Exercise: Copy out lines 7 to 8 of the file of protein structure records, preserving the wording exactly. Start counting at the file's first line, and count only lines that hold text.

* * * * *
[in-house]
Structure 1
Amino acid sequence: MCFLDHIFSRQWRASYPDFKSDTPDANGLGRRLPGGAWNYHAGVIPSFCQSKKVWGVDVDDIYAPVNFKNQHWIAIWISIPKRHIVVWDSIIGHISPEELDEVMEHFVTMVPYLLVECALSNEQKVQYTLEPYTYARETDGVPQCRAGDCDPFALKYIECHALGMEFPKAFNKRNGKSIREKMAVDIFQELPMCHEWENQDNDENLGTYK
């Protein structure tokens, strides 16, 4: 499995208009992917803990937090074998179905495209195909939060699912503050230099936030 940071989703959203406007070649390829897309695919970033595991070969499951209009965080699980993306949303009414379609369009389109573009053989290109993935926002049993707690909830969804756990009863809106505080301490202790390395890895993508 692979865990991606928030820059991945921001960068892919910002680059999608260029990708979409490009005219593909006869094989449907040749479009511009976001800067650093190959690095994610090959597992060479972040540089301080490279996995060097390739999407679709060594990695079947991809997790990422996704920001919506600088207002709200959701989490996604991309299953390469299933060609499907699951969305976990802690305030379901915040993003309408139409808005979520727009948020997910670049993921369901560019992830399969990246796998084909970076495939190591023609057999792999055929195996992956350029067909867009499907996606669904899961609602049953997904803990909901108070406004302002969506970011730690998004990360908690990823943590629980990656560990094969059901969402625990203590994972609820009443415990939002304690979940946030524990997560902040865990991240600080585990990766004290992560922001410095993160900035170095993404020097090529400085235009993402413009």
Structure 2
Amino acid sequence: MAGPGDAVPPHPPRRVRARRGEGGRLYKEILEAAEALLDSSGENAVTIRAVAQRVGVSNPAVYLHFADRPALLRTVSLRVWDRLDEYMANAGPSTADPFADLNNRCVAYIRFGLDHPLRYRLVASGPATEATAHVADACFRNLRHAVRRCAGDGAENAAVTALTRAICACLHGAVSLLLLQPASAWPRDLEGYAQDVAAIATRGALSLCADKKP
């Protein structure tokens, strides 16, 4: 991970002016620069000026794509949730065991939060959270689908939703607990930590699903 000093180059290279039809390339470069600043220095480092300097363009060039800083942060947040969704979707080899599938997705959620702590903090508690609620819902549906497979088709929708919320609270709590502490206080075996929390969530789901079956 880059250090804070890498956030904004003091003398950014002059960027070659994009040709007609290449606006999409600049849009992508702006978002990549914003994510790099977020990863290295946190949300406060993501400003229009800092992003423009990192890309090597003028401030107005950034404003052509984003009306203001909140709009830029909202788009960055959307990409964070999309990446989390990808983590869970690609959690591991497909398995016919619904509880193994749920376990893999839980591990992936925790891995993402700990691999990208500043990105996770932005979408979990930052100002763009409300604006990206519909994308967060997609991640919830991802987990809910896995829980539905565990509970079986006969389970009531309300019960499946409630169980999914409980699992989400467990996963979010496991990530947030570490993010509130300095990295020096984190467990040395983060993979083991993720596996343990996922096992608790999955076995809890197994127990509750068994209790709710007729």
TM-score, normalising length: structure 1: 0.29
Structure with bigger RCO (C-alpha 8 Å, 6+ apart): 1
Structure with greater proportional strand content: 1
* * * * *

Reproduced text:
């Protein structure tokens, strides 16, 4: 991970002016620069000026794509949730065991939060959270689908939703607990930590699903 000093180059290279039809390339470069600043220095480092300097363009060039800083942060947040969704979707080899599938997705959620702590903090508690609620819902549906497979088709929708919320609270709590502490206080075996929390969530789901079956 880059250090804070890498956030904004003091003398950014002059960027070659994009040709007609290449606006999409600049849009992508702006978002990549914003994510790099977020990863290295946190949300406060993501400003229009800092992003423009990192890309090597003028401030107005950034404003052509984003009306203001909140709009830029909202788009960055959307990409964070999309990446989390990808983590869970690609959690591991497909398995016919619904509880193994749920376990893999839980591990992936925790891995993402700990691999990208500043990105996770932005979408979990930052100002763009409300604006990206519909994308967060997609991640919830991802987990809910896995829980539905565990509970079986006969389970009531309300019960499946409630169980999914409980699992989400467990996963979010496991990530947030570490993010509130300095990295020096984190467990040395983060993979083991993720596996343990996922096992608790999955076995809890197994127990509750068994209790709710007729």
TM-score, normalising length: structure 1: 0.29